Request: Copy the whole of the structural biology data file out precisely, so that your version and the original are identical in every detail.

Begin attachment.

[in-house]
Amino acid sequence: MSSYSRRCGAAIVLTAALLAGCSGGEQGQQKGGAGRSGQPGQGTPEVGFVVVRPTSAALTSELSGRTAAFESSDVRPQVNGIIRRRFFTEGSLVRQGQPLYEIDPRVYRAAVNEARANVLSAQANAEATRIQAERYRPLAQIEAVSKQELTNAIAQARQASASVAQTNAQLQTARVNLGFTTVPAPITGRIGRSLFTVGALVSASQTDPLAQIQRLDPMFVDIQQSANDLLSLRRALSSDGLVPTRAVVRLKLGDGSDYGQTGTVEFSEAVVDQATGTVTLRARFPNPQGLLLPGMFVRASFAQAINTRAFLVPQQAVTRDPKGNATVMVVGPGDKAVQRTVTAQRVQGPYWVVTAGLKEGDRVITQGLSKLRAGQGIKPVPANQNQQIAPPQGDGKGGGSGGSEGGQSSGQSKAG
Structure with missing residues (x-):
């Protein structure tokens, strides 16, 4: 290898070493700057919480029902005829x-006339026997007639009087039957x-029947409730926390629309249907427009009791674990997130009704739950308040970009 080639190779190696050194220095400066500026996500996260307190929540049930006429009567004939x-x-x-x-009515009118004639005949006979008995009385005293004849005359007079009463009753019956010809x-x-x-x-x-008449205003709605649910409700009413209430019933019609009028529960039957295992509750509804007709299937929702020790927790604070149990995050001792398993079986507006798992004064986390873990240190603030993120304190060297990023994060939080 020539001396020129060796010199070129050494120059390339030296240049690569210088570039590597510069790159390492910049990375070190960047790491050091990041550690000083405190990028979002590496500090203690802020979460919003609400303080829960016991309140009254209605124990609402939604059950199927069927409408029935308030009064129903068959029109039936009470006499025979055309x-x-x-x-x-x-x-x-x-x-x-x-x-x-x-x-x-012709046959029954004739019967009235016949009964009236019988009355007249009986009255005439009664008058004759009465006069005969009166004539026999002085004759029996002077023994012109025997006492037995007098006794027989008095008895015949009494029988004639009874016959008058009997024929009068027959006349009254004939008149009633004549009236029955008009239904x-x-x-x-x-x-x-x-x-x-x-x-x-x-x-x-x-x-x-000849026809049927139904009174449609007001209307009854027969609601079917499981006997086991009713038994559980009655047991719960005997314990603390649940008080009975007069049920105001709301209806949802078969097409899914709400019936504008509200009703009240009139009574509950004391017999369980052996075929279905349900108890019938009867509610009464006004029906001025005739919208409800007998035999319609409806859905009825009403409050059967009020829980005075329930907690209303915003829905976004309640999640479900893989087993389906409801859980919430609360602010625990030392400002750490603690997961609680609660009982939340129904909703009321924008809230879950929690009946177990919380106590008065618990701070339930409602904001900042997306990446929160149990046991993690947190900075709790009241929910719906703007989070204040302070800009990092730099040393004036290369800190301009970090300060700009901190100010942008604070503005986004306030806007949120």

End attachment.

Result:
[in-house]
Amino acid sequence: MSSYSRRCGAAIVLTAALLAGCSGGEQGQQKGGAGRSGQPGQGTPEVGFVVVRPTSAALTSELSGRTAAFESSDVRPQVNGIIRRRFFTEGSLVRQGQPLYEIDPRVYRAAVNEARANVLSAQANAEATRIQAERYRPLAQIEAVSKQELTNAIAQARQASASVAQTNAQLQTARVNLGFTTVPAPITGRIGRSLFTVGALVSASQTDPLAQIQRLDPMFVDIQQSANDLLSLRRALSSDGLVPTRAVVRLKLGDGSDYGQTGTVEFSEAVVDQATGTVTLRARFPNPQGLLLPGMFVRASFAQAINTRAFLVPQQAVTRDPKGNATVMVVGPGDKAVQRTVTAQRVQGPYWVVTAGLKEGDRVITQGLSKLRAGQGIKPVPANQNQQIAPPQGDGKGGGSGGSEGGQSSGQSKAG
Structure with missing residues (x-):
């Protein structure tokens, strides 16, 4: 290898070493700057919480029902005829x-006339026997007639009087039957x-029947409730926390629309249907427009009791674990997130009704739950308040970009 080639190779190696050194220095400066500026996500996260307190929540049930006429009567004939x-x-x-x-009515009118004639005949006979008995009385005293004849005359007079009463009753019956010809x-x-x-x-x-008449205003709605649910409700009413209430019933019609009028529960039957295992509750509804007709299937929702020790927790604070149990995050001792398993079986507006798992004064986390873990240190603030993120304190060297990023994060939080 020539001396020129060796010199070129050494120059390339030296240049690569210088570039590597510069790159390492910049990375070190960047790491050091990041550690000083405190990028979002590496500090203690802020979460919003609400303080829960016991309140009254209605124990609402939604059950199927069927409408029935308030009064129903068959029109039936009470006499025979055309x-x-x-x-x-x-x-x-x-x-x-x-x-x-x-x-x-012709046959029954004739019967009235016949009964009236019988009355007249009986009255005439009664008058004759009465006069005969009166004539026999002085004759029996002077023994012109025997006492037995007098006794027989008095008895015949009494029988004639009874016959008058009997024929009068027959006349009254004939008149009633004549009236029955008009239904x-x-x-x-x-x-x-x-x-x-x-x-x-x-x-x-x-x-x-000849026809049927139904009174449609007001209307009854027969609601079917499981006997086991009713038994559980009655047991719960005997314990603390649940008080009975007069049920105001709301209806949802078969097409899914709400019936504008509200009703009240009139009574509950004391017999369980052996075929279905349900108890019938009867509610009464006004029906001025005739919208409800007998035999319609409806859905009825009403409050059967009020829980005075329930907690209303915003829905976004309640999640479900893989087993389906409801859980919430609360602010625990030392400002750490603690997961609680609660009982939340129904909703009321924008809230879950929690009946177990919380106590008065618990701070339930409602904001900042997306990446929160149990046991993690947190900075709790009241929910719906703007989070204040302070800009990092730099040393004036290369800190301009970090300060700009901190100010942008604070503005986004306030806007949120």